Welcome home Mr Ghanshyam
One thing is for sure. Life is never dull in Pakistan. Nawaz Sharif, leader of the Pakistan Muslim League-Nawaz (PML-N) at the last minute backtracked from his support to the proposed 18th amendment to the Constitution. Talk about bursting a bubble.
The proposed constitutional reforms package was to have restored the federalism, provincial rights and Parliamentary sovereignty, and done away with the hated Article 58(2)b introduced by the dictator General Ziaul Haq, the Democles' Sword empowering the president to dissolve the Assembly that hangs over the heads of each elected assembly.
PML-N's support was necessary because a two-thirds parliamentary majority is required for any constitutional amendment. The moment we had all been waiting for never came. You could almost hear the collective groan of disappointment across the nation at Sharif's somersault.
What prompted this last-minute change of heart on the part of the would be Ameer-ul-Momineen ('leader of the faithful'), as Sharif had tried to style himself during his last stint as prime minister over a decade ago when he attempted to introduce the so called Sharia law, is open to debate.
Perhaps, he really did disagree with the recommended procedure for appointing judges as he stated. Or he was uncomfortable with the proposed renaming of the NWFP as Pukhtoonkhwa. Or perhaps he couldn't stomach the thought of allowing credit to his rival Pakistan People's Party, although it was late Benazir Bhutto, who convinced him not to boycott the last elections. Maybe he was, as is whispered, pressurised by 'certain quarters' or a 'foreign embassy'.
Whatever the case, an isolated Sharif found himself on the backfoot, scrambling to retrieve the situation. The ever amiable prime minister offered to meet him and sort it out. And so it goes on. This is politics. This is democracy. Such ups and downs are part of the process of democratic politics. The process must continue.
By the time this is printed, perhaps Sharif will have retrieved the spanner he threw into the works and allow the historic amendment to be made.
These shenanigans continue in the corridors of power. Life continues for the rest of us mere mortals who have other things to think about than power politics. For those who can afford to think more than where the next meal is coming from, there is plenty going on.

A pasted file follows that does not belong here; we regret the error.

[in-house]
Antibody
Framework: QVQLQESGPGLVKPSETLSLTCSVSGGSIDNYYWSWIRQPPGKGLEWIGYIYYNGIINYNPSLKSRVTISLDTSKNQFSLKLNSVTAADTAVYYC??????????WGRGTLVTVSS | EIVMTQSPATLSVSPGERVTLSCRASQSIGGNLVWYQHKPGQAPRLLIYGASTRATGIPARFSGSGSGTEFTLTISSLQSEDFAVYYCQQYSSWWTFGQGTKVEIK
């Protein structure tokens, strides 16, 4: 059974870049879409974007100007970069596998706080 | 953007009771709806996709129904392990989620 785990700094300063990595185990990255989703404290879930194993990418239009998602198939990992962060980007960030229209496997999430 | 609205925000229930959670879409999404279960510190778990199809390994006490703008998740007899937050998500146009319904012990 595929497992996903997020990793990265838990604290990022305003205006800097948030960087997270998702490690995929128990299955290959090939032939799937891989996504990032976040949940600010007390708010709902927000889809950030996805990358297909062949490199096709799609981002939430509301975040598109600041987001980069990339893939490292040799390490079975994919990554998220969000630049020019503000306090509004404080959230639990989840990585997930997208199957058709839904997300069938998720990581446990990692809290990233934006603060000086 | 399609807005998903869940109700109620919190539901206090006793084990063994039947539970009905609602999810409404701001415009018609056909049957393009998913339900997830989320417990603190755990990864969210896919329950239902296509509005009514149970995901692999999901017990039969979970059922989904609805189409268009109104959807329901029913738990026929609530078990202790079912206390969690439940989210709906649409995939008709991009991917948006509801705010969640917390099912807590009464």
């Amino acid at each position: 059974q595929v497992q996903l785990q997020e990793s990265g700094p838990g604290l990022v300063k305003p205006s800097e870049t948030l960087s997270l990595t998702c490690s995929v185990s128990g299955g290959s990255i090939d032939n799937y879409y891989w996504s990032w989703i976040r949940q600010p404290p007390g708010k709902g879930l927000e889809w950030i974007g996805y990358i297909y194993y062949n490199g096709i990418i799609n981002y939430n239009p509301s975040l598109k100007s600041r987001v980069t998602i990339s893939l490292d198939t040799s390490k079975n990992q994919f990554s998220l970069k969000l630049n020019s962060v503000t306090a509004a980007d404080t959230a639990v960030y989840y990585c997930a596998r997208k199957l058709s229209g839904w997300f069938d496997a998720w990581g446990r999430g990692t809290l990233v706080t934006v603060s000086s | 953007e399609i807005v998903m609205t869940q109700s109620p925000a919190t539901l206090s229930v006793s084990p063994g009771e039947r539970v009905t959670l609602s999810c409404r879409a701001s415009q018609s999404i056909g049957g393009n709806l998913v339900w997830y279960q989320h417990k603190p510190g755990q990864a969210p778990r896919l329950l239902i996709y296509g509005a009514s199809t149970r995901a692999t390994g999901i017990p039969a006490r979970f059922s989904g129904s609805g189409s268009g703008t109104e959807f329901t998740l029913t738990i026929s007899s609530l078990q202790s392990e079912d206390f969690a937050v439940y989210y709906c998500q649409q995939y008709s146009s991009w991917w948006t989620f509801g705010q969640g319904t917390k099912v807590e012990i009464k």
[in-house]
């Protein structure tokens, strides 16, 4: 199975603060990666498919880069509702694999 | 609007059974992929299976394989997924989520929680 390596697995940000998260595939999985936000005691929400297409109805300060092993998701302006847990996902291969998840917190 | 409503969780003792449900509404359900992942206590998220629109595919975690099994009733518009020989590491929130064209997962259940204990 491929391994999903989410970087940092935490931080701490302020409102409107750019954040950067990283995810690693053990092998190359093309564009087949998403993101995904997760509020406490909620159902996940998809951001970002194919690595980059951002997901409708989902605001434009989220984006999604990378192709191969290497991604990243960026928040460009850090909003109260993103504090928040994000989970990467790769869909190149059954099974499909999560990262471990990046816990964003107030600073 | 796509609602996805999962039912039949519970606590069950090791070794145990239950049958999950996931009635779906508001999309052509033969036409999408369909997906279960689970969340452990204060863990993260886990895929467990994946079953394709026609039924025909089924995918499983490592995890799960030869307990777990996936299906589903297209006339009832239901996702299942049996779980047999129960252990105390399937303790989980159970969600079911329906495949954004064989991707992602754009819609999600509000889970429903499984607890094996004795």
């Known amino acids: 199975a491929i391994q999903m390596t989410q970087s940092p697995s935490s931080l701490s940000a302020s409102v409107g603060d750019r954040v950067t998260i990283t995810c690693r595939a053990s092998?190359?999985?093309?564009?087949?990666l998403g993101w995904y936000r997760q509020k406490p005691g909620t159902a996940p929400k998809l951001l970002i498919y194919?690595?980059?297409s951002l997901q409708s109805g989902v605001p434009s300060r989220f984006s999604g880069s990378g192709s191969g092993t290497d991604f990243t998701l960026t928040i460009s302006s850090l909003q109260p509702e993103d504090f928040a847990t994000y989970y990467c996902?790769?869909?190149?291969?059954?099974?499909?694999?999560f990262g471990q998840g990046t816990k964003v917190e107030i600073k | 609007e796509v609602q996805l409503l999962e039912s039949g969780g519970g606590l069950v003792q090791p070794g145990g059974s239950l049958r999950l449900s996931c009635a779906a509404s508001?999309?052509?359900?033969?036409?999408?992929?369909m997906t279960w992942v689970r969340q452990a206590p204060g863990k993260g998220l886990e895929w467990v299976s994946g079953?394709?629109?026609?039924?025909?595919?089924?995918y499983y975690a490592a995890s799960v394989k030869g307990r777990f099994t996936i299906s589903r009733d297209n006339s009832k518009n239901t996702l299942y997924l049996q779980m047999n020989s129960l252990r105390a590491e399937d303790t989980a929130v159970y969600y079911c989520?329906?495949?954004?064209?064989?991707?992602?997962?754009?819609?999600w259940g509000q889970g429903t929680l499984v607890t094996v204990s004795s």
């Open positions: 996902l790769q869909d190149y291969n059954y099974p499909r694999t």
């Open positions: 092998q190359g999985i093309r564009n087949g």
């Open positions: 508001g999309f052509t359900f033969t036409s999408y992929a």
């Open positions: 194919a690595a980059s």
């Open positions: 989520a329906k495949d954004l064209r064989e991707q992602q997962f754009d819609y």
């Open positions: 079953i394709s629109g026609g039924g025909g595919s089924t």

The last few weeks in particular have been a whirl of cultural activities in Karachi. There was the ten-day Tlism Theatre and Dance Festival organised by Sheema Kermani and her Tehrik-e-Niswan (women's movement) group to celebrate the group's 30th anniversary.
The first weekend of Tlism coincided with the first Karachi Literature Festival organised by the Oxford University Press and the British Council (there have been two international Urdu conferences in Karachi already, but this was a first for this bilingual conference).
The week before that, Katha Theatre, run by the talented Shahid Shafaat and his actor wife Sania Saeed organised a fundraising theatre festival for The Citizens Foundation that builds and runs schools for children in low-income localities all over Pakistan. The festival showcased three plays of which I managed to see only one - but it was wonderful.
For me, the biggest thrill was the return of Ghanshyam to Karachi after 27 years. He is here especially for the Tlism Festival, which his former student Sheema Kermani dedicated to him.
Ghanshyam and his wife came here from Bombay and for over 40 years, ran their Rhythmic Arts Academy for yoga and dance. There were other dance teachers too; some still practise and teach in Karachi, Lahore and Islamabad - the oldest now being the great Indu Mitha in Islamabad. They uphold all that is good and secular in our society. But the Ghanshyams ran the only dedicated academy.
The Ghanshyams, harassed and forced out in 1983 during the black days of General Zia, migrated to the USA. We wept when they left, and we rejoice that they are back - at least Ghanshyam and his daughter Tara, as Nilma Ghanshyam was unable to travel.
Ghanshyam still hankers to return and re-establish his centre. Even if this is impossible given his age now (well over 80), his legacy remains.
The writer is a freelance journalist and documentary filmmaker www.beenasarwar.wordpress.com